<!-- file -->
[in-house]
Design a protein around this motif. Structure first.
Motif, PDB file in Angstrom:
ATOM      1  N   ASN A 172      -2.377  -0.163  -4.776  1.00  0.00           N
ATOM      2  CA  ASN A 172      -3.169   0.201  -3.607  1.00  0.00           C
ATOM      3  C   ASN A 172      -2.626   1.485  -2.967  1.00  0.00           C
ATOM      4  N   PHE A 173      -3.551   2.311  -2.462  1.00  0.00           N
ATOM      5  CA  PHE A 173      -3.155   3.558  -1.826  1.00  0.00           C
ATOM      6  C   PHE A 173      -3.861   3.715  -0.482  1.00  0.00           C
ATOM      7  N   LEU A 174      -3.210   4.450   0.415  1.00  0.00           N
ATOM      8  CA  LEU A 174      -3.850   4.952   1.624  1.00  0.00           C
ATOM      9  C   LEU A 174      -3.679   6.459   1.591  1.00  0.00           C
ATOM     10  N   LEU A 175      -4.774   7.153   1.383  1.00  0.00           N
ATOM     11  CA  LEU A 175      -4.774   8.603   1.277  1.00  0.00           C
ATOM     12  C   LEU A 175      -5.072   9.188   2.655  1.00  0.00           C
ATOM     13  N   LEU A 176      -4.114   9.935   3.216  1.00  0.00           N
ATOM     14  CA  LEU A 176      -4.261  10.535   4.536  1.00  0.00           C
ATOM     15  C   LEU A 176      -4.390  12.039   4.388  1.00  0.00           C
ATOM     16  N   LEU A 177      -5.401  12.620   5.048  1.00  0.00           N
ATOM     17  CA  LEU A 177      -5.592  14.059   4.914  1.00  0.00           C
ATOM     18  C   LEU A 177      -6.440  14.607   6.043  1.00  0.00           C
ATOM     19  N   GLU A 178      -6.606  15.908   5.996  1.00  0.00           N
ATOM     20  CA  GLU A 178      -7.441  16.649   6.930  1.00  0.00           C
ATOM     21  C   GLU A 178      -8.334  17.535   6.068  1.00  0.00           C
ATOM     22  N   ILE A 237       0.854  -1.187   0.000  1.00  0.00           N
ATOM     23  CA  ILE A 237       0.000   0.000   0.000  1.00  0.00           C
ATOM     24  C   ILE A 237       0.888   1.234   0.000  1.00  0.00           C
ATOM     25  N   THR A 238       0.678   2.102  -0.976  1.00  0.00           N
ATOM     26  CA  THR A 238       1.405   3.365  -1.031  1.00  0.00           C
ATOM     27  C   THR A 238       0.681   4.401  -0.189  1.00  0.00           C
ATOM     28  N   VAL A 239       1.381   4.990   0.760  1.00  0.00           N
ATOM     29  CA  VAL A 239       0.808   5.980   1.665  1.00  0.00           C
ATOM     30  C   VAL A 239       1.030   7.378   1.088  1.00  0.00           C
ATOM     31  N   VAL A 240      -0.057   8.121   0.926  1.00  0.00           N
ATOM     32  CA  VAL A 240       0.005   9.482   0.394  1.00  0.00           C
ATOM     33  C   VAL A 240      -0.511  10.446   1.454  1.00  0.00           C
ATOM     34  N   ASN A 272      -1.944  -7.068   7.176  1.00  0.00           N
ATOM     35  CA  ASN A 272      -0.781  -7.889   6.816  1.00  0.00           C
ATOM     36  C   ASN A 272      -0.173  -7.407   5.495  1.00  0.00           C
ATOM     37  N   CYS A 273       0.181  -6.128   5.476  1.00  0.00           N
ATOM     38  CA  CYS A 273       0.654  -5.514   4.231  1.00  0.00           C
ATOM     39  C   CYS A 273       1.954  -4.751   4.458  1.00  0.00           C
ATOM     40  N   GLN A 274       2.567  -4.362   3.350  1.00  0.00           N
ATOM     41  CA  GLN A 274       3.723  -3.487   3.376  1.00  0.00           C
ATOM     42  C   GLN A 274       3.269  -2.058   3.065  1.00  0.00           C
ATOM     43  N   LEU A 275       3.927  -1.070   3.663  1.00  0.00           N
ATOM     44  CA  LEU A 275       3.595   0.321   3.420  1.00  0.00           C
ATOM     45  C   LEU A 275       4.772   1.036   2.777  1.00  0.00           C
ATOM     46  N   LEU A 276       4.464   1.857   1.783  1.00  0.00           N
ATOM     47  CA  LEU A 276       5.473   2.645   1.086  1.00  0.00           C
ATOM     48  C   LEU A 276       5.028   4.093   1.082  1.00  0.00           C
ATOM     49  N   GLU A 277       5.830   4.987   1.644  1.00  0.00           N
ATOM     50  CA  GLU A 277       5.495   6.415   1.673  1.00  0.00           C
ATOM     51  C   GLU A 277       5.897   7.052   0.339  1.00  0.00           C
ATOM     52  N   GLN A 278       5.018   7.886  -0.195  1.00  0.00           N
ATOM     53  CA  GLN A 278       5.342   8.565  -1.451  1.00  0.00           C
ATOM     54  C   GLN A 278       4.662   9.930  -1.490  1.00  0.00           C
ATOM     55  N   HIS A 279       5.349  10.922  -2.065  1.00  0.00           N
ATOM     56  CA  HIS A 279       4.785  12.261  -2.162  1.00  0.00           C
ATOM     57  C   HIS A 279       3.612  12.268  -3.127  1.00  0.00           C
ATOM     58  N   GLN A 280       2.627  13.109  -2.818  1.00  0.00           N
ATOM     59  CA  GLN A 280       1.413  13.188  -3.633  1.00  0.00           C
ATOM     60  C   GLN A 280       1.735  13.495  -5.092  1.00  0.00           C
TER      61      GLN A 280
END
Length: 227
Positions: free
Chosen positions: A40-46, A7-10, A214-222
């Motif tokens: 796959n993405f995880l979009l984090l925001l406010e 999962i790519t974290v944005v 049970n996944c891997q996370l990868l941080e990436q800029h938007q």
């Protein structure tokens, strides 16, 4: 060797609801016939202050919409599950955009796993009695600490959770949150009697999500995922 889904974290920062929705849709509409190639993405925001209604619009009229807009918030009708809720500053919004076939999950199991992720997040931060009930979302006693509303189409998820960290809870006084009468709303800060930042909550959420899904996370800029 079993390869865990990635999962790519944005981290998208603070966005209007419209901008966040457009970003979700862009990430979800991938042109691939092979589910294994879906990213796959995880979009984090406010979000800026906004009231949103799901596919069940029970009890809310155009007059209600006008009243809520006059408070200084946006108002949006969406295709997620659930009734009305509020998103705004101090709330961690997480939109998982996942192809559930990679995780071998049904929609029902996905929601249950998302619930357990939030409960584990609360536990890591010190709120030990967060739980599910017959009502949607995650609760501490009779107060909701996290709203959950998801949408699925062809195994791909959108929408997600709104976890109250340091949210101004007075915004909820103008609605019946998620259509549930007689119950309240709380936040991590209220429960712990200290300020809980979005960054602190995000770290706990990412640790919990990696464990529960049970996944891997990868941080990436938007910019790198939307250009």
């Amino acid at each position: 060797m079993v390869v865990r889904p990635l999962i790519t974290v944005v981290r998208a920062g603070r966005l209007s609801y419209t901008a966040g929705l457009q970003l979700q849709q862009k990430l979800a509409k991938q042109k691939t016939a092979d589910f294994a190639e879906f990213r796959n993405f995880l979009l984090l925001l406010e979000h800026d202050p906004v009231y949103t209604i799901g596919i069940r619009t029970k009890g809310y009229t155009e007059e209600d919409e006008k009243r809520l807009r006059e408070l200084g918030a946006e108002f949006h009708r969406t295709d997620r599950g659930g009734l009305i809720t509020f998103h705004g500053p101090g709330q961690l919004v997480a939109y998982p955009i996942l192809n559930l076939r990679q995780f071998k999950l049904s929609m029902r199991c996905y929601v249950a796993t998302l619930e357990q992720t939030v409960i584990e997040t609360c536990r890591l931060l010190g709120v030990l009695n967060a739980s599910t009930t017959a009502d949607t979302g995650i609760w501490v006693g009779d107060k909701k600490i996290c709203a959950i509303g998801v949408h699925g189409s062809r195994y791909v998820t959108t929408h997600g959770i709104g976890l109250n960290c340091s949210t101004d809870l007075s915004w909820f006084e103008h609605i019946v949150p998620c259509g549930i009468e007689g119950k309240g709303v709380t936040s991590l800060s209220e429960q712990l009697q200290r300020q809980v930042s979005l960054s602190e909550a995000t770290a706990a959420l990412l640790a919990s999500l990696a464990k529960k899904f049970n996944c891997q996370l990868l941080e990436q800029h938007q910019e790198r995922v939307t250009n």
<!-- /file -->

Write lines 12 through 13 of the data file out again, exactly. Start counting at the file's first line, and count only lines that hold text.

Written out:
ATOM      9  C   LEU A 174      -3.679   6.459   1.591  1.00  0.00           C
ATOM     10  N   LEU A 175      -4.774   7.153   1.383  1.00  0.00           N